The shambles at MFS continues with MFS Investment Management sending a letter to unit-holders in the company’s Premium Income Fund informing them that they will no longer receive interest payments.

The fund had already frozen redemptions, meaning that not only can unit-holders not access their funds, they also won’t receive any income. Meanwhile, MFS has also sent shareholders a letter imploring them to take no action in relation to rebel shareholder Chris Scott’s extraordinary general meeting.

MFS also noted that a need had arisen for a redundancy program. MFS told shareholders that “the company must keep costs to a minimum by maintaining only those employees who are necessary to manage the businesses it will retain”. One would have thought that was fairly obvious – usually businesses don’t pay for people who no longer work for them.

Meanwhile, Crikey has been trying over the past month to determine whether MFS’s auditor, KPMG, is continuing to provide “non-audit” services to the company. As Crikey noted last month:

KPMG were paid $483,600 for audit services. However, the audit fees pale in comparison to the non-audit related services performed by KPMG. The firm was paid $771,098 for assurance, taxation and diligence services in 2007. KPMG also provided $665,600 in non-audit services to MFS satellite, MFS Diversified.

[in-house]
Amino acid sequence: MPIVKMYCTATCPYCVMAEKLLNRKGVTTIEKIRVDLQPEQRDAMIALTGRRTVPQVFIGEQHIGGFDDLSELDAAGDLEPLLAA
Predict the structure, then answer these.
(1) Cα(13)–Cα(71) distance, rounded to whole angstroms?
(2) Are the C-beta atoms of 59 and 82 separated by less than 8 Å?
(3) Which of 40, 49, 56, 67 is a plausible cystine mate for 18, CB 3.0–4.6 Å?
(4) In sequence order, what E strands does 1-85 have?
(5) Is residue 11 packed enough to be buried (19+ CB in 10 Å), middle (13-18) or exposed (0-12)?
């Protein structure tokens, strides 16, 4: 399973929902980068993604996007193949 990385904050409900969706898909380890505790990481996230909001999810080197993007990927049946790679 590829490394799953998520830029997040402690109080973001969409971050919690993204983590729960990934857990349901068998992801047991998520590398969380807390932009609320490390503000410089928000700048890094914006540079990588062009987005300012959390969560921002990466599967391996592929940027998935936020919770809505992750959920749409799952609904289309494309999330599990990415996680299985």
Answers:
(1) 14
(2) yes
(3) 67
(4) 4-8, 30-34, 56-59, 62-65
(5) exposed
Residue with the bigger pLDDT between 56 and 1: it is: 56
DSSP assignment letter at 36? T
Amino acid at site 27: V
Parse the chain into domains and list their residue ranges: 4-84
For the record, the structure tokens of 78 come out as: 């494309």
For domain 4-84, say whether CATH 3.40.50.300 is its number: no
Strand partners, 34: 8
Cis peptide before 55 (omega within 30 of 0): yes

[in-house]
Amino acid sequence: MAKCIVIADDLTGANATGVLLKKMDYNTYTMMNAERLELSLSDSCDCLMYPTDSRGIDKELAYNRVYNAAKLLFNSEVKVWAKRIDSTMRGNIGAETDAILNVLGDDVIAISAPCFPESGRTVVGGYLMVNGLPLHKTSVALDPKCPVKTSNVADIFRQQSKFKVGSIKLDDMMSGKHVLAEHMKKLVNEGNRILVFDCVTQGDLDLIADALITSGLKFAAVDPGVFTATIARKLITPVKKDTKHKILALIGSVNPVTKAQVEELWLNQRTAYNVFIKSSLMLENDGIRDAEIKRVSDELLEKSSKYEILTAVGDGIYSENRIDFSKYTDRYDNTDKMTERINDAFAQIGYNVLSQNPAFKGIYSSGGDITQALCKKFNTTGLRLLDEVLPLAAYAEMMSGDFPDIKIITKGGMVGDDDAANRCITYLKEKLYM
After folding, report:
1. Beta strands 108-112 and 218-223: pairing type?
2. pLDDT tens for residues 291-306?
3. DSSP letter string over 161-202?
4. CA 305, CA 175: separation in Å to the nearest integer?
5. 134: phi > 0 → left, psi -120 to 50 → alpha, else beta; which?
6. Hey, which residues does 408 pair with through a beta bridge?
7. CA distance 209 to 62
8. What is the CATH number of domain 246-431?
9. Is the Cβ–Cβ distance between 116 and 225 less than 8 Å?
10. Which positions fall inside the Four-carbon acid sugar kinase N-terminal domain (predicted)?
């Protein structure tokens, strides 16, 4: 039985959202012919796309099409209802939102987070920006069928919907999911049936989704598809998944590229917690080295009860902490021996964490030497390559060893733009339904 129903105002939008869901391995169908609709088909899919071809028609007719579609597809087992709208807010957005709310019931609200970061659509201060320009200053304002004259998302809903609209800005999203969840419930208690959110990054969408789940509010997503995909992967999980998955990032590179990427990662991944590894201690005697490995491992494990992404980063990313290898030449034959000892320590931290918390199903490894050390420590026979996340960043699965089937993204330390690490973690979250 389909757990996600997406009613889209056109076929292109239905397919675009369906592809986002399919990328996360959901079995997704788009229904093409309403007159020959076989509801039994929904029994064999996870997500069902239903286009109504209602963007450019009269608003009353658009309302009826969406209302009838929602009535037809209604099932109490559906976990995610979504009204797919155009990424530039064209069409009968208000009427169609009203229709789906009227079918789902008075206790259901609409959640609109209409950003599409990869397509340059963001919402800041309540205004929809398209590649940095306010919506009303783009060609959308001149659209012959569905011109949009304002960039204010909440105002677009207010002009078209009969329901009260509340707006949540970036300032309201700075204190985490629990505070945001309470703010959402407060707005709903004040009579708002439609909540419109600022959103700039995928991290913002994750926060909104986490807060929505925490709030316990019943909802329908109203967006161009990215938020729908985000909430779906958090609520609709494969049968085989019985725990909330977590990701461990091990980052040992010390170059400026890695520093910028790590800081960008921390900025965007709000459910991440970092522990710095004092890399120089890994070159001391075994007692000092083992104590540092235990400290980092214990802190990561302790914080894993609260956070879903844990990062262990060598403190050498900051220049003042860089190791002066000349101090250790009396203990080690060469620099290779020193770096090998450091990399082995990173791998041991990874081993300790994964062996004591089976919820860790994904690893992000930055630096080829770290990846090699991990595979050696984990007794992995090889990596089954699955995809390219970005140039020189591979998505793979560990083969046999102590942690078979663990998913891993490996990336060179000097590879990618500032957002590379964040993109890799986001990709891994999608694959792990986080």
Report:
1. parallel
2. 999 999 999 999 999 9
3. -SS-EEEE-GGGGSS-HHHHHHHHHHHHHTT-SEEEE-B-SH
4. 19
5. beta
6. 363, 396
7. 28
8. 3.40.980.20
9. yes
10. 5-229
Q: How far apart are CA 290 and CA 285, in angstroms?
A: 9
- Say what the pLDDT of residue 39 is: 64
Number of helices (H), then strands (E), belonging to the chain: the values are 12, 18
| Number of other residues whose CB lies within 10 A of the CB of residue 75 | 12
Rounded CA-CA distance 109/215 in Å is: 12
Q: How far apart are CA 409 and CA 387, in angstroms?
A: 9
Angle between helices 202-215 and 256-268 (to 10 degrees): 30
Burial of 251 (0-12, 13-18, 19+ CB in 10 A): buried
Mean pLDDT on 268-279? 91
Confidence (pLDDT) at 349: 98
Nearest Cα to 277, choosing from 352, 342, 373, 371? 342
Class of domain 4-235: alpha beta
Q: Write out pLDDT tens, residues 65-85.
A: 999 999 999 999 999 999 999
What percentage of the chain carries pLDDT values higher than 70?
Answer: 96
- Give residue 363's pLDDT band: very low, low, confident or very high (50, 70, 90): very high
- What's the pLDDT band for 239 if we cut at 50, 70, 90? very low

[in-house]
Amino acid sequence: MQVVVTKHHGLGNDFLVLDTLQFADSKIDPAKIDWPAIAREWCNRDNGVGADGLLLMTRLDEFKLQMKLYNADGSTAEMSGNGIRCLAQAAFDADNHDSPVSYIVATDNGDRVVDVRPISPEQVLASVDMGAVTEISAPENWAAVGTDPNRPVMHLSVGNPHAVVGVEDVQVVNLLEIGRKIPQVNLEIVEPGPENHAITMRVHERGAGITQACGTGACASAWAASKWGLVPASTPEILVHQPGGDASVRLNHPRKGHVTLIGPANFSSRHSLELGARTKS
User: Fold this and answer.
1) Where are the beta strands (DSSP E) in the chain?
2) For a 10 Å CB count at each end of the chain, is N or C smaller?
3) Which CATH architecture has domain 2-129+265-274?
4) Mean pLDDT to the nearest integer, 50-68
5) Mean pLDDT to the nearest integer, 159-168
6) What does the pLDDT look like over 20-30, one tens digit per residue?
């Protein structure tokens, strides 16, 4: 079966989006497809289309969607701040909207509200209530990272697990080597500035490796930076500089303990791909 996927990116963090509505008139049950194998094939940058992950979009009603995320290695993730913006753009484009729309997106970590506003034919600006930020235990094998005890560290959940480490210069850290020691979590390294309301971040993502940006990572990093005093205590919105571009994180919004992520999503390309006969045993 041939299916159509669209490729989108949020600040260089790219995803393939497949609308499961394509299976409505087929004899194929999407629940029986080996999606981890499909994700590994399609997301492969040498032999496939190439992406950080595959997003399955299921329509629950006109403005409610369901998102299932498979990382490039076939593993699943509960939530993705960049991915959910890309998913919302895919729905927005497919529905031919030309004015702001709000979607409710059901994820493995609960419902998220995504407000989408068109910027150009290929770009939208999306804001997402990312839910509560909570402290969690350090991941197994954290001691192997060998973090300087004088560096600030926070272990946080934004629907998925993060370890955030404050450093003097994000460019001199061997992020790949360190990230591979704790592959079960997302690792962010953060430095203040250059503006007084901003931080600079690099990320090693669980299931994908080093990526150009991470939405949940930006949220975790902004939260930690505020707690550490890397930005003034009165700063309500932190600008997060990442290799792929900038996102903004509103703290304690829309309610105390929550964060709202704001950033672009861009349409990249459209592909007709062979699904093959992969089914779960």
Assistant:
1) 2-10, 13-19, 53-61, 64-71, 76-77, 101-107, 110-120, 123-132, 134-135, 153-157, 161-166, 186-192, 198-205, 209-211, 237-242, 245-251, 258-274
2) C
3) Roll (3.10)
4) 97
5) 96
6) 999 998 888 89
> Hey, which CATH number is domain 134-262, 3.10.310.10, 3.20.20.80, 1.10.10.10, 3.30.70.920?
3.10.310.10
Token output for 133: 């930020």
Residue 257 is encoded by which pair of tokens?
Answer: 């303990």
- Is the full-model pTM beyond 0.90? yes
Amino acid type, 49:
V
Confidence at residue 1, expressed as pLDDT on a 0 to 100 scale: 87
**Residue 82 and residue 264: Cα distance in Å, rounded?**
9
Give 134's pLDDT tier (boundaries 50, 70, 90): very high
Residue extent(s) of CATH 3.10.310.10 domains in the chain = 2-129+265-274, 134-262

Shortly after that article appeared, The Age reported that inexperienced MFS CEO, Craig White:

Denied a report that appeared in internet bulletin Crikey that the company engaged KPMG for auditing and non-auditing purposes, describing the situation as a “legacy from previous years”.

White’s comments seemed puzzling. How can a non-audit engagement be a “legacy from previous years” when the non-audit fees reached a crescendo in 2007?

Despite repeated calls, MFS refused to provide a direct answer as to whether conflicted auditor, KPMG, had provided any non-audit services in FY2008. Last week, MFS claimed that they were unable to confirm whether KPMG had provided non-audit services since 2007, with an MFS spokesperson stating that any information regarding audit and non-audit related services will be disclosed in MFS’s 2008 Annual Report.

This comment seemed wholly inconsistent with Craig White’s statement that KPMG’s non-audit services were a “legacy from the past”. Presumably if KPMG were no longer providing non-audit services, MFS would be able to easily confirm that. Craig White told journalists as much last month.

It would be good to know whether the CEO of MFS misled media (and effectively shareholders) when he denied that KPMG continue to provide non-audit services.

Peter Fray

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